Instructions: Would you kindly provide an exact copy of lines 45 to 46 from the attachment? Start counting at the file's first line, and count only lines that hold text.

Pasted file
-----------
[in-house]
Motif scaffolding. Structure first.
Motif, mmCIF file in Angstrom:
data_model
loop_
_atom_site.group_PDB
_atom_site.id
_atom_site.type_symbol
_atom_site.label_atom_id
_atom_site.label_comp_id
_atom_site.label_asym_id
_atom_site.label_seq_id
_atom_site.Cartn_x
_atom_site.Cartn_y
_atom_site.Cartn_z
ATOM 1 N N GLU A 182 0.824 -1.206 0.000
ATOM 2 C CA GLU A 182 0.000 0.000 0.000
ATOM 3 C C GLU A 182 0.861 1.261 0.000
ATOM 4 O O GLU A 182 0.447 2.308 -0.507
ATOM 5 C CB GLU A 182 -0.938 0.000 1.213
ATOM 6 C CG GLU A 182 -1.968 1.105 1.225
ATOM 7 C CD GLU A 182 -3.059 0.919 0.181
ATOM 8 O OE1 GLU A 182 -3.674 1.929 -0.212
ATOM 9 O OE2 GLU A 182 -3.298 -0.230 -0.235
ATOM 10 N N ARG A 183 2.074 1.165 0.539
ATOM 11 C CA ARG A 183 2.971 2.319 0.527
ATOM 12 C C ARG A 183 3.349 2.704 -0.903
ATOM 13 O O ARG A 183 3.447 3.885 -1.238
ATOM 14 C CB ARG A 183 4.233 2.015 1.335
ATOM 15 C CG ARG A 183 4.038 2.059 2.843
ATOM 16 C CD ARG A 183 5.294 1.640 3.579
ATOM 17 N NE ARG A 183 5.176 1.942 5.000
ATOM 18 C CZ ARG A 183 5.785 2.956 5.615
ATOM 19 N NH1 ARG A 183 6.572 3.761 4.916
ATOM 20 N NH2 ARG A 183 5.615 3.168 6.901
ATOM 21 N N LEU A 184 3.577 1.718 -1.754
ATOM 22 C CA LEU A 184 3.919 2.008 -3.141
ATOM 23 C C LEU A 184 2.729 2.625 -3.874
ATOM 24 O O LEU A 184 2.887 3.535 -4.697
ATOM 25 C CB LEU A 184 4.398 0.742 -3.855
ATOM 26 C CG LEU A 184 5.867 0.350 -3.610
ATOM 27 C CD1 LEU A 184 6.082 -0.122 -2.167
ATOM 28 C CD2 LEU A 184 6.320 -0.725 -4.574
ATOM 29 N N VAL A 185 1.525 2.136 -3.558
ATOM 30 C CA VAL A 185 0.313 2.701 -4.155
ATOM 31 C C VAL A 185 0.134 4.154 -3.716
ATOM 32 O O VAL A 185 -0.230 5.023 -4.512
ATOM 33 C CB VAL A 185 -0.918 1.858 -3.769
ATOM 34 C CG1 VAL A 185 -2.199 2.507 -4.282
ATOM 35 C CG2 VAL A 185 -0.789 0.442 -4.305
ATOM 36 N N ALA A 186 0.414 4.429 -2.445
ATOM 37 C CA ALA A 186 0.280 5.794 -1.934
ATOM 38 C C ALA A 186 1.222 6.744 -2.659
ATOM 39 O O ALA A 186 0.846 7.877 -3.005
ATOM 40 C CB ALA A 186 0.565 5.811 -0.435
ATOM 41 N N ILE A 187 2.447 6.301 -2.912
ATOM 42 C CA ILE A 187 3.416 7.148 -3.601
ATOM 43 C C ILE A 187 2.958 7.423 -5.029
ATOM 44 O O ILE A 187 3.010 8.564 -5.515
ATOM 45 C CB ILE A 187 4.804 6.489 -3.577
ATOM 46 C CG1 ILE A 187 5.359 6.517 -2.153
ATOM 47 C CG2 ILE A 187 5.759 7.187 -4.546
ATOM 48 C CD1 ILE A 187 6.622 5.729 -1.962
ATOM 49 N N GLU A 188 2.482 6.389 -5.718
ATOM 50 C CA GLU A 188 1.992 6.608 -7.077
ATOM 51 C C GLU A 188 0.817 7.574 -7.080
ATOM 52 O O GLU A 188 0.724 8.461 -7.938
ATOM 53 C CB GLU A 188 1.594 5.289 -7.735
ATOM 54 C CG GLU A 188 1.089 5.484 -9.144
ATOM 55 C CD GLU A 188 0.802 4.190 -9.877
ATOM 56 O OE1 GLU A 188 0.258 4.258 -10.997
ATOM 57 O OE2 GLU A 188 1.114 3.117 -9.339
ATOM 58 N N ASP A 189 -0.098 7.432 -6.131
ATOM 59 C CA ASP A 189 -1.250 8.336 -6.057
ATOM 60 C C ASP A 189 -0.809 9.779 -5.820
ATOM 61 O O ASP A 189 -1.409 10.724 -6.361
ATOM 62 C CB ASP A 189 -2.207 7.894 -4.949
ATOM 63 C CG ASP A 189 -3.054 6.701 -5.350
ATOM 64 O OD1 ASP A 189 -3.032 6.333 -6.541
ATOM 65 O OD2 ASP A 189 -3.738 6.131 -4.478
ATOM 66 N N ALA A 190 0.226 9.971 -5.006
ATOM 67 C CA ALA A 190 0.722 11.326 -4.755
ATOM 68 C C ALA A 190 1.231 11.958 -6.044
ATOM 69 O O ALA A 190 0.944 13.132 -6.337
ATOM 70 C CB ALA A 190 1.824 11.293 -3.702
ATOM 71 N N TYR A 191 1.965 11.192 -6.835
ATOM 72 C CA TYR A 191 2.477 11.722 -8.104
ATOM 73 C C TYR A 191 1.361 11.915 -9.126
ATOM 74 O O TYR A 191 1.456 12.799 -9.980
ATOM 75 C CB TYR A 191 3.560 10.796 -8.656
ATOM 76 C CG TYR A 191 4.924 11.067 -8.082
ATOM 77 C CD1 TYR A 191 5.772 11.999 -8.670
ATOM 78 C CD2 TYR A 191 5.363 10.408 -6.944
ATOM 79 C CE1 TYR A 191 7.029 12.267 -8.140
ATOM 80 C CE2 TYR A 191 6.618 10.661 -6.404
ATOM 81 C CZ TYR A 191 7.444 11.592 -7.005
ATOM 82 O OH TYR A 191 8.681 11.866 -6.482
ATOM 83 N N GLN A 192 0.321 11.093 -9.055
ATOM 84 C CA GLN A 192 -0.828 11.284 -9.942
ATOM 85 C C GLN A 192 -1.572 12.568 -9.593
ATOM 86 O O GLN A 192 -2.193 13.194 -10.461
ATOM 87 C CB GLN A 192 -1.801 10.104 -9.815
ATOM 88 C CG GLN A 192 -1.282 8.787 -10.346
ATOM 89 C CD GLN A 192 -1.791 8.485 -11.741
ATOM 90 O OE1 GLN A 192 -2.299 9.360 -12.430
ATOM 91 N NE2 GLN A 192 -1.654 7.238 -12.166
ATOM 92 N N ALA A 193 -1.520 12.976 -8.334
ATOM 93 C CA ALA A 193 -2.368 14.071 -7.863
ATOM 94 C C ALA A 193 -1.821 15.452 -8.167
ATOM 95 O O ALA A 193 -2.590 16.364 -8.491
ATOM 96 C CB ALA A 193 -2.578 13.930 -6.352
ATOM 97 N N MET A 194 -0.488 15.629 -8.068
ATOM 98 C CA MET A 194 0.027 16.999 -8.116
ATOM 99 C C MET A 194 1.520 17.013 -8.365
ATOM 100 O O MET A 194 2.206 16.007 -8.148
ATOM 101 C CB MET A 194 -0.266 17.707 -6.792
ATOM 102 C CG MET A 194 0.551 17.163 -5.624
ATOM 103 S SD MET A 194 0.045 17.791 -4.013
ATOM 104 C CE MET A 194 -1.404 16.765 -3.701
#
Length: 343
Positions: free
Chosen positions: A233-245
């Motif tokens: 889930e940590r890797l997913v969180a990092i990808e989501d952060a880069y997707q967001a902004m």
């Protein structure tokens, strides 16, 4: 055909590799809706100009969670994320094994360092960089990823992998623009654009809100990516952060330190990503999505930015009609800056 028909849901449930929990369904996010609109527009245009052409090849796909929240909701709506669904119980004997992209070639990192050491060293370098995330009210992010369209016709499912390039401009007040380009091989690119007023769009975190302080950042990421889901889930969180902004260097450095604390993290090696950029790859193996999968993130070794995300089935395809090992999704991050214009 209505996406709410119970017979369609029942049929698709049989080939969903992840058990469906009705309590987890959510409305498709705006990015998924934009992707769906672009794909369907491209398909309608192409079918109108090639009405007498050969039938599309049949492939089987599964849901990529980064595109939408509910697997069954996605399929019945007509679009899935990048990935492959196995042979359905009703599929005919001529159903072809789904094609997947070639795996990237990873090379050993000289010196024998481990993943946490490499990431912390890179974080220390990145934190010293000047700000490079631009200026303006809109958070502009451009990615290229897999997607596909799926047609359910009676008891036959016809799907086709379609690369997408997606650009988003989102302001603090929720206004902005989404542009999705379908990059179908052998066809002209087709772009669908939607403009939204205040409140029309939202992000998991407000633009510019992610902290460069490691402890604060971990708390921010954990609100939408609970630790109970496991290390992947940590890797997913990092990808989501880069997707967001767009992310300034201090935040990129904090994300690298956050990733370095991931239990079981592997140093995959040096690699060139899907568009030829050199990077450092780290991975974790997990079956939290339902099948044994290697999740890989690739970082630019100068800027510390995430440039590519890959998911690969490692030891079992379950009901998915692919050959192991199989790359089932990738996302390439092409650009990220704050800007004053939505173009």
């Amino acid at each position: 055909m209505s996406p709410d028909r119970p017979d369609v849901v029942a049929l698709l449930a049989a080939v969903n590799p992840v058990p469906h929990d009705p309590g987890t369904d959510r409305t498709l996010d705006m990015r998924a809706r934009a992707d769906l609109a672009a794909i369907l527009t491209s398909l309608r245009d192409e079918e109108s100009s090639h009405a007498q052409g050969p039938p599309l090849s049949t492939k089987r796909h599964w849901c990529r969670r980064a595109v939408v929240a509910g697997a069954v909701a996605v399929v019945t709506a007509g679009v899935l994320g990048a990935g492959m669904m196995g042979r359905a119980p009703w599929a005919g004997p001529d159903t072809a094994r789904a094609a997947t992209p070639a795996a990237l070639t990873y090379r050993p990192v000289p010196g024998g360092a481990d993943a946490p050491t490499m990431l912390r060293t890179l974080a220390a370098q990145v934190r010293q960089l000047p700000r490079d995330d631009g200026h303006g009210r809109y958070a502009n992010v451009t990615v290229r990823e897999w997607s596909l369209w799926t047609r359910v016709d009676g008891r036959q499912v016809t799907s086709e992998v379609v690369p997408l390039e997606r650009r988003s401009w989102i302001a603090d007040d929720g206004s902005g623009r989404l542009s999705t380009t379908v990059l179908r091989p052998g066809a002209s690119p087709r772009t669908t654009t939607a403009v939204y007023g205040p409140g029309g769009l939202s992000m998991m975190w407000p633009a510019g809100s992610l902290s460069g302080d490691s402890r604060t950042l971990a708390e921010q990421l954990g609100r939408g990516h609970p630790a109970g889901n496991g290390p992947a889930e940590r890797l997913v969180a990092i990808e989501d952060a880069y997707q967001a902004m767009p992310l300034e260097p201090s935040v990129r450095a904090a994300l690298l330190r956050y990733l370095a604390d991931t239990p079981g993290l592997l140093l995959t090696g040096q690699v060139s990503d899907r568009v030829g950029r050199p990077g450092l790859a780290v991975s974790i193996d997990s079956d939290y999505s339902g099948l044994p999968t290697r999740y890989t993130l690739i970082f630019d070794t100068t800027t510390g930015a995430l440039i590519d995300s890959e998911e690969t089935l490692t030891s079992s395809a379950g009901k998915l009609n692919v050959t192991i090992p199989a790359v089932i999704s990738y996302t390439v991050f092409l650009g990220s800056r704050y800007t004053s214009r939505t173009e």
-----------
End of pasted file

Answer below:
ATOM 30 C CA VAL A 185 0.313 2.701 -4.155
ATOM 31 C C VAL A 185 0.134 4.154 -3.716